Waste less time on Facebook — follow Brilliant.
×

Cryptography

Whether for breaking codes in WWII, keeping your credit card info safe, or just cracking codes for fun, cryptography is a confluence of computer science and math that encrypts our most important data.

Level 3

     

You've stumbled onto a significant vulnerability in a commonly used cryptographic library. It turns out that the random number generator it uses frequently produces the same primes when it is generating keys.

Exploit this knowledge to factor the (hexadecimal) keys below, and enter your answer as the last six digits of the largest factor you find (in decimal).

Key 1:
1c7bb1ae67670f7e6769b515c174414278e16c27e95b43a789099a1c7d55c717b2f0a0442a7d49503ee09552588ed9bb6eda4af738a02fb31576d78ff72b2499b347e49fef1028182f158182a0ba504902996ea161311fe62b86e6ccb02a9307d932f7fa94cde410619927677f94c571ea39c7f4105fae00415dd7d

Key 2: 
2710e45014ed7d2550aac9887cc18b6858b978c2409e86f80bad4b59ebcbd90ed18790fc56f53ffabc0e4a021da2e906072404a8b3c5555f64f279a21ebb60655e4d61f4a18be9ad389d8ff05b994bb4c194d8803537ac6cd9f708e0dd12d1857554e41c9cbef98f61c5751b796e5b37d338f5d9b3ec3202b37a32f

Here is Eddie's take on the Diffie-Hellman Cryptosystem.

However, not using large enough key sizes can be a problem.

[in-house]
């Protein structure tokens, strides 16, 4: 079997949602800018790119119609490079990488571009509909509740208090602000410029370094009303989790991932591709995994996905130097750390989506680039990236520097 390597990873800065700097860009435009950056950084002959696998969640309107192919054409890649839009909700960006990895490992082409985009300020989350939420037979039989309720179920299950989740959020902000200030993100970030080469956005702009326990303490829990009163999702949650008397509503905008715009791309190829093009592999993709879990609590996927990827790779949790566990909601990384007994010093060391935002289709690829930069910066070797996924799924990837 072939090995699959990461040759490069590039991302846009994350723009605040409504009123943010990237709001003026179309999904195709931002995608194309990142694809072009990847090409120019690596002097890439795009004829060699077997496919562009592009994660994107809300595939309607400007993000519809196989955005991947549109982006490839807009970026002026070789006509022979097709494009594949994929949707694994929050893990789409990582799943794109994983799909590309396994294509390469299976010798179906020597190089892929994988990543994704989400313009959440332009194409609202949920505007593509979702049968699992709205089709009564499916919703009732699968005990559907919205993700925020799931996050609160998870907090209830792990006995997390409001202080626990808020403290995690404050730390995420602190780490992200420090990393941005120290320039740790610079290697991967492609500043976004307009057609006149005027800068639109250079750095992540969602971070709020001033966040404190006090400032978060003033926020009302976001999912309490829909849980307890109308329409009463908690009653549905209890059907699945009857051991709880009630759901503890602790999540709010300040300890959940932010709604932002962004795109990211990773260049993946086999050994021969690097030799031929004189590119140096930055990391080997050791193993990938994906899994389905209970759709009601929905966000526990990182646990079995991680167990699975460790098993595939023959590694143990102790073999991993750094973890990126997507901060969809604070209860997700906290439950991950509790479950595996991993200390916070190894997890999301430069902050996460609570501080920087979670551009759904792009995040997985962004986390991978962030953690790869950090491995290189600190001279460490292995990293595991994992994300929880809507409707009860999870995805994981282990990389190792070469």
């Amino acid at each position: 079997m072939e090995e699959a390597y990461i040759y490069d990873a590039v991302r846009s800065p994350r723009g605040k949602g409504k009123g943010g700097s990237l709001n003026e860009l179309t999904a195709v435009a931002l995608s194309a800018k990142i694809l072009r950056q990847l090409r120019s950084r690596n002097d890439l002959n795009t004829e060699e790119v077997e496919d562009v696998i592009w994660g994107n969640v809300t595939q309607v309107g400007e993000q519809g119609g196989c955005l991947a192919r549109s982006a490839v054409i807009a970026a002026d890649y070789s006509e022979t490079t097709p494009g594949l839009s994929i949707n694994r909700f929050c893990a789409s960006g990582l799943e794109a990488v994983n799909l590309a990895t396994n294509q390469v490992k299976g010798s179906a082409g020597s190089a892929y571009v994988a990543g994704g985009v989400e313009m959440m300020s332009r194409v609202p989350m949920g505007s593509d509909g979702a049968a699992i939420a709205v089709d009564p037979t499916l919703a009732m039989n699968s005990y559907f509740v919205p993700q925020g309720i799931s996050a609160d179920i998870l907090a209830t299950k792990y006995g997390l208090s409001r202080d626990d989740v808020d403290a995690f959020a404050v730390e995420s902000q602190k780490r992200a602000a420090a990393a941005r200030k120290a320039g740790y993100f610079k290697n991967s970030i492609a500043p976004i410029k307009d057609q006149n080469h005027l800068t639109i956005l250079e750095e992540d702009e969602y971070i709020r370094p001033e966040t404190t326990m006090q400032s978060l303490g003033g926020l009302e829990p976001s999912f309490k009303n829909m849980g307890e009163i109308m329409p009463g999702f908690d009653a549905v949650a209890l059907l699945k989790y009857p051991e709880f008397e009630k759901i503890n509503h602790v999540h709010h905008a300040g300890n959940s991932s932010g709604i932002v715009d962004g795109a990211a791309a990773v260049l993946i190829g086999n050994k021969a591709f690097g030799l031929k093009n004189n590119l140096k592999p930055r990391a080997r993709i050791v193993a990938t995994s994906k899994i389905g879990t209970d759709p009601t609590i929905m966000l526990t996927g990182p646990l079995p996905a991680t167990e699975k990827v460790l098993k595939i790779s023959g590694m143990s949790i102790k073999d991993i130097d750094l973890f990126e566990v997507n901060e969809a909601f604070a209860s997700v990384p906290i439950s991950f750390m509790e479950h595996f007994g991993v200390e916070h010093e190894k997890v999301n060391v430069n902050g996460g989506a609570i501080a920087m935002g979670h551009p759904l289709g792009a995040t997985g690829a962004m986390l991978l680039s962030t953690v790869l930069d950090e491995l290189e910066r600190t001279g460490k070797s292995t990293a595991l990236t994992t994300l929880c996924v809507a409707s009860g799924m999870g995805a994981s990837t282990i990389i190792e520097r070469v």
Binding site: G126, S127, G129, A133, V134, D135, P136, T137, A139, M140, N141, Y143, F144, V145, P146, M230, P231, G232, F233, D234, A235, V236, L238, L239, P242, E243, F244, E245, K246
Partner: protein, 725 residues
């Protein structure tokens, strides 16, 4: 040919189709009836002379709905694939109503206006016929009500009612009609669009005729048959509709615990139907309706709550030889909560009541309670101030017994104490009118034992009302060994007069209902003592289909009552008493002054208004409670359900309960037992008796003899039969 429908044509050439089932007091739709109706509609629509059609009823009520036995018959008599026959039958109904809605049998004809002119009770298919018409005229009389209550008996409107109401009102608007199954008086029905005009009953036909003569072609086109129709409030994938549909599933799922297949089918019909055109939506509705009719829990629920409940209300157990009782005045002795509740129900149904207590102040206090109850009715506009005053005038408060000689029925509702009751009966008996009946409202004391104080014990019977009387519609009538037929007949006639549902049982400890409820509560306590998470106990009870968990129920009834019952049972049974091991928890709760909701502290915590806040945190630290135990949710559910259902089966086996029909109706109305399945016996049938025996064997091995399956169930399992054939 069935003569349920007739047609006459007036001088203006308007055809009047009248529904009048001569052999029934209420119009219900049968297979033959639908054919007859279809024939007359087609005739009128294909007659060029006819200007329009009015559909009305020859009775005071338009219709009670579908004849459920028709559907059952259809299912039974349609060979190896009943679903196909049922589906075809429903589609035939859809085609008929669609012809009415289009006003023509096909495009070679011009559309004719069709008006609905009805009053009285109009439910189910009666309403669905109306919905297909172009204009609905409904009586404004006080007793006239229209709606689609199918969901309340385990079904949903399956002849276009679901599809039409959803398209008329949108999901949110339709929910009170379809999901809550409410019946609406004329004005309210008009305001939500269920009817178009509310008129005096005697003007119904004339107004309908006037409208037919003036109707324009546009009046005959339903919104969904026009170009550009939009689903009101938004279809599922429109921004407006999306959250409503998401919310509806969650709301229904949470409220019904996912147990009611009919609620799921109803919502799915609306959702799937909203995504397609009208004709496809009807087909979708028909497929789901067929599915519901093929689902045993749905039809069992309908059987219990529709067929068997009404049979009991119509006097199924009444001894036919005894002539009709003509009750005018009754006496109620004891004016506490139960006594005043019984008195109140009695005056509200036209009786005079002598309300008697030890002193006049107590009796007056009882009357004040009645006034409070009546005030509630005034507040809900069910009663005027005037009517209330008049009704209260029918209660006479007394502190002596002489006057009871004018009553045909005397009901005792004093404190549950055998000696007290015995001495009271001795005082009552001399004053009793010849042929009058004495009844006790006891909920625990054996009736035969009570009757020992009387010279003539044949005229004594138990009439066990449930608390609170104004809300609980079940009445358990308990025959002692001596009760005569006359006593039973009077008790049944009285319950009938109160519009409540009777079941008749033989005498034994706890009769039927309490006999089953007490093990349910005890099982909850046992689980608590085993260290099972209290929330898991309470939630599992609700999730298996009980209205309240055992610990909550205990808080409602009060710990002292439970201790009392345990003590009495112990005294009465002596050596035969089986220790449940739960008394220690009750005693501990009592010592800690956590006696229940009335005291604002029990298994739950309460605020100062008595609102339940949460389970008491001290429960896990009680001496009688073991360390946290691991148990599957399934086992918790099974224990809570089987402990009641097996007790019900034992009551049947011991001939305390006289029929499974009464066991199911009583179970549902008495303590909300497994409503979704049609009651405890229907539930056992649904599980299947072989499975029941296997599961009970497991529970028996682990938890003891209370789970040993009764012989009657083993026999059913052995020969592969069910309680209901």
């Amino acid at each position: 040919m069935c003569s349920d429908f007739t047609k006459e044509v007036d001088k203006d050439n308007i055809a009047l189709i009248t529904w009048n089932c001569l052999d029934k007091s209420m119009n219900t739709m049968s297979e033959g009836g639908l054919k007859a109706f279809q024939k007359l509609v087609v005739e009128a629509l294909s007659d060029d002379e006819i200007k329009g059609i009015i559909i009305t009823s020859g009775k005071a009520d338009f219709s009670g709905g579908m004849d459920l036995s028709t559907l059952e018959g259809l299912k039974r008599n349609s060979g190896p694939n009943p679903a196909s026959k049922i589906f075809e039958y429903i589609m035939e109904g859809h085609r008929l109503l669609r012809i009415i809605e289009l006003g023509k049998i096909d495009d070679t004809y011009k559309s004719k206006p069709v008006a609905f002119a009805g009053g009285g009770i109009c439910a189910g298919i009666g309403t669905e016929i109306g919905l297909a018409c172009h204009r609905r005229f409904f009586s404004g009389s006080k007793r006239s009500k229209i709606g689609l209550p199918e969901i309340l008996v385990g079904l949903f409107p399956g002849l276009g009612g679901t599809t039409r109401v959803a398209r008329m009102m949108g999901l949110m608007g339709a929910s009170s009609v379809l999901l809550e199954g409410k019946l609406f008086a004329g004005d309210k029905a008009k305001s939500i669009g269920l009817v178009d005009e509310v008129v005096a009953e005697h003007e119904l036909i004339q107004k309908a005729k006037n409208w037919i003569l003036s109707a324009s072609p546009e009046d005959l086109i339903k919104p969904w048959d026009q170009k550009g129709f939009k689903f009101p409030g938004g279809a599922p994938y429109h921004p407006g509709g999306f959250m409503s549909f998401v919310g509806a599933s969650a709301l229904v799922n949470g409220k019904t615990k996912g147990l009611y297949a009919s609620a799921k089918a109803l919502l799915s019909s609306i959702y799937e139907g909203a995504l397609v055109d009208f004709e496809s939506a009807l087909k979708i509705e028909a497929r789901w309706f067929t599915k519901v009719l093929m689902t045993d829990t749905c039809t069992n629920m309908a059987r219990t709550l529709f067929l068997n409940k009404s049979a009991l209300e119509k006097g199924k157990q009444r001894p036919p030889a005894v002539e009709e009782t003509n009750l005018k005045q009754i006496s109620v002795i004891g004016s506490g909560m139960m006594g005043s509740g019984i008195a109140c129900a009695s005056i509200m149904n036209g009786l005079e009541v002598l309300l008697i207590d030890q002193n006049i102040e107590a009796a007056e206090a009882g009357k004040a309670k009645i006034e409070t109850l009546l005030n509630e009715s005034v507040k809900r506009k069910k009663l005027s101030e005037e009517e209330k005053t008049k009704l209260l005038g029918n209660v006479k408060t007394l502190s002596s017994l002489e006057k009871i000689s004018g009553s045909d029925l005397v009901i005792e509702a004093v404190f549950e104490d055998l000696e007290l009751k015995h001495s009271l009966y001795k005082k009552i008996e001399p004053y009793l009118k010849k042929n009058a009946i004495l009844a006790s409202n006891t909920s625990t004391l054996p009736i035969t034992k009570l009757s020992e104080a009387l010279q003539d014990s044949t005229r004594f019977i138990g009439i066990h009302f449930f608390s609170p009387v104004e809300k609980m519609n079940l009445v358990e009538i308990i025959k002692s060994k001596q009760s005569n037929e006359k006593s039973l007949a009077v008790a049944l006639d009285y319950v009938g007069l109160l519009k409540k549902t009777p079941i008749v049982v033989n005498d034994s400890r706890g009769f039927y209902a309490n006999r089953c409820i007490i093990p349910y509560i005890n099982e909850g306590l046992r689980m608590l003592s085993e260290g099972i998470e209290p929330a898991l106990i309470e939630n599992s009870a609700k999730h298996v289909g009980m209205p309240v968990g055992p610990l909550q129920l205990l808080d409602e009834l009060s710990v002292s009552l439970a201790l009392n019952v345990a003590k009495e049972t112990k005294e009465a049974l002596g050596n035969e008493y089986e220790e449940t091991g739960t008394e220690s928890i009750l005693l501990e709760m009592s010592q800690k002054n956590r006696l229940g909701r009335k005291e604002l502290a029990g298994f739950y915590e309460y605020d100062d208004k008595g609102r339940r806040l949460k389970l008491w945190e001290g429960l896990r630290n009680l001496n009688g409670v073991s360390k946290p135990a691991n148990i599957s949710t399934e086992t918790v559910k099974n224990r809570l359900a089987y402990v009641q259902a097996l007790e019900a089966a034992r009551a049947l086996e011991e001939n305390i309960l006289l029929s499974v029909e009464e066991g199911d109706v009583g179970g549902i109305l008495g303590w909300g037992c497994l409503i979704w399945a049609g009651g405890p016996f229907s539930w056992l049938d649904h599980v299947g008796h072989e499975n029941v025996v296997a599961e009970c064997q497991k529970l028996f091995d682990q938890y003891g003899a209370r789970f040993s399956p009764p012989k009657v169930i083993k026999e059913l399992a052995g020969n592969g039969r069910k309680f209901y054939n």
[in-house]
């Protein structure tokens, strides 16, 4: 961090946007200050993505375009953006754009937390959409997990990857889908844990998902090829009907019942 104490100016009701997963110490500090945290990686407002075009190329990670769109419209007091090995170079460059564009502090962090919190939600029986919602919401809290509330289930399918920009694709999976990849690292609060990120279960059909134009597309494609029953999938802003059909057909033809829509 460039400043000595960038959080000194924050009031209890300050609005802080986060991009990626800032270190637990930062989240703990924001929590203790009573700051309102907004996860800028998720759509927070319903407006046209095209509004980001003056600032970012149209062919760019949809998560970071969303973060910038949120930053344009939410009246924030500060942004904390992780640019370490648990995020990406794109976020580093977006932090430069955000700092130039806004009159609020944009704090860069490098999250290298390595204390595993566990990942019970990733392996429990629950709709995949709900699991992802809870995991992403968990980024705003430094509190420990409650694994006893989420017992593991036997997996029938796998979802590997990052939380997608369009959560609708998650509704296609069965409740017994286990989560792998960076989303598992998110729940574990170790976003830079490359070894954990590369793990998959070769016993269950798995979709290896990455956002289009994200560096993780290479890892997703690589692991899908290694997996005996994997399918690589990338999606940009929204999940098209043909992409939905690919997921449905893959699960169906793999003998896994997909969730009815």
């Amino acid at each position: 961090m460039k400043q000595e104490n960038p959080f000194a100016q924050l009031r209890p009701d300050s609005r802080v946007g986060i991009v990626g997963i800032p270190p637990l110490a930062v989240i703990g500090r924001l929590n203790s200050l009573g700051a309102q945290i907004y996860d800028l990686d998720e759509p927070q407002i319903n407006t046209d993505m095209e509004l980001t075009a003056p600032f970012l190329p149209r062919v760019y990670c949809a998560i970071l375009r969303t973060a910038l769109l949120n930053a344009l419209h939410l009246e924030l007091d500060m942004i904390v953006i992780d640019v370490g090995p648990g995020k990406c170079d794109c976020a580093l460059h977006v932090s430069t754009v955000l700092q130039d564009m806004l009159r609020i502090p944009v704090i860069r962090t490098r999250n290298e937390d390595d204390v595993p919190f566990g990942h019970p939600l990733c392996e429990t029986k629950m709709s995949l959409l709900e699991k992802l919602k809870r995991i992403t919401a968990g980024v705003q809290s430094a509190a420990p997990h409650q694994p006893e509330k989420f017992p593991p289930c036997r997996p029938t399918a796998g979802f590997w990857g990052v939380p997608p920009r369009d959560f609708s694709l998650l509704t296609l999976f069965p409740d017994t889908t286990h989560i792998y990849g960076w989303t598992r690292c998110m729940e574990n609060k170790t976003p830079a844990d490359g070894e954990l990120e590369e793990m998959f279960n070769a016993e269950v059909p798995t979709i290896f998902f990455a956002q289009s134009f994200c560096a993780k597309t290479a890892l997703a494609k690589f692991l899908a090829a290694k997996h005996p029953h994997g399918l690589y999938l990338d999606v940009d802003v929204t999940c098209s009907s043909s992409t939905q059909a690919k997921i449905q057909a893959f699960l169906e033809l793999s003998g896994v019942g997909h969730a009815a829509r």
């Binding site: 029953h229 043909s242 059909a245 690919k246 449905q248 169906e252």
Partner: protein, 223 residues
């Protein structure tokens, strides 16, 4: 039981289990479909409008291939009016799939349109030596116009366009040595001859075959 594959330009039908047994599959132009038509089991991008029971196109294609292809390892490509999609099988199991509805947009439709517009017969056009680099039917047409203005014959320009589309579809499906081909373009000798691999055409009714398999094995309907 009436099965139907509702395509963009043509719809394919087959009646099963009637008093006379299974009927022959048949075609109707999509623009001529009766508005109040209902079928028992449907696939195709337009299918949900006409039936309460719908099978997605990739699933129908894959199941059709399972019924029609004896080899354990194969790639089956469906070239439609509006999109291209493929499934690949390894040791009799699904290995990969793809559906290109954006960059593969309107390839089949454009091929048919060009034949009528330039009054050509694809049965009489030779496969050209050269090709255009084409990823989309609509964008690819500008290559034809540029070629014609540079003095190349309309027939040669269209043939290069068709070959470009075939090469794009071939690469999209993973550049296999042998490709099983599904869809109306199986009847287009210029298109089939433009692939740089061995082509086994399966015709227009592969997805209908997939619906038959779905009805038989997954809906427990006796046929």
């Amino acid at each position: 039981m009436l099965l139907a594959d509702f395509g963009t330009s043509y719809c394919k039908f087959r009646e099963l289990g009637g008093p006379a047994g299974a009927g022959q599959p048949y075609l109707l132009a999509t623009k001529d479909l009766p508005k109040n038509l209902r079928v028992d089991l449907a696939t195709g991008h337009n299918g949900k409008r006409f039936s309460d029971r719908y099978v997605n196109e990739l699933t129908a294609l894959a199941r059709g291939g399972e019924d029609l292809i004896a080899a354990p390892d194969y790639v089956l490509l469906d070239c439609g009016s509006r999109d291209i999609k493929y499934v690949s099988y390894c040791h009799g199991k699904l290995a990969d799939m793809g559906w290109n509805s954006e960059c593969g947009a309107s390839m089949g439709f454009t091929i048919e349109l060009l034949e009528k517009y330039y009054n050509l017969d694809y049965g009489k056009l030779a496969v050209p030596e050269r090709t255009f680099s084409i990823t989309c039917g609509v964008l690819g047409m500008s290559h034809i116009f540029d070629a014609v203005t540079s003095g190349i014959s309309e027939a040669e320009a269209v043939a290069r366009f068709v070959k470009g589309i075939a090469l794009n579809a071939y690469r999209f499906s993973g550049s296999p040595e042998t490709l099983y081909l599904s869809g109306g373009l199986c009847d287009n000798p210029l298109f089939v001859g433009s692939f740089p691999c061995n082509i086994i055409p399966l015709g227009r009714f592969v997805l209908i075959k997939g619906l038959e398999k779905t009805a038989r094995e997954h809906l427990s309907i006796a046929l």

Given below is a generator \(g\), a prime \(p\) and a public key \(B\) such that \[g^b \equiv B \pmod p \] for some private key \(b\).

Find \(b\)

1
2
3
g = 4567316637081665907977181518889182113445441987446007457733573698022127469439135656733423482251931597580003871195410610463070846363265764446085651841441485;
p = 20992321342930071437617535054294082600409305694823917901103517516849439468932230646876254462856426279068085286595868000559162159946064999915305764788212947;
B = 13261683723811565199480160483723583184154281997005060032137595421236239575828461774398757507049515905188090075911486594228158952115852574793046073896571395;

It's 1944, and you have just been handed the following cipher text, intercepted from a German command post in France:

Cipher Text.

There is reason to believe that this text was not encrypted with the sophisticated German Enigma machine but instead used a Vigenère cipher with a simple pass phrase. Thus, it is vulnerable to frequency analysis.

Decode this message and find out where the Germans are sending their bombers so we can evacuate the civilians. You will enter the number of the district (as shown in this list) to submit your answer.

Details and assumptions

A Vigenère cipher is a more complicated shift cipher. For example, rather than shifting every character in a word by two letters like this:

SECRET -> UGETGV

you would instead choose a pass phrase (e.g., "CAT"), which would then tell you to shift each of the letters in your plain text by the letter in the passphrase ("C" is a shift of 2 character, "A" is a shift of none, etc. ) :

C A T C A T (passphrase)
S E C R E T (plain text)

U E V T E M (cipher text)

Note: This problem is loosely based on cryptographic methods used around the time of the invasion of Normandy in 1944.

×

Problem Loading...

Note Loading...

Set Loading...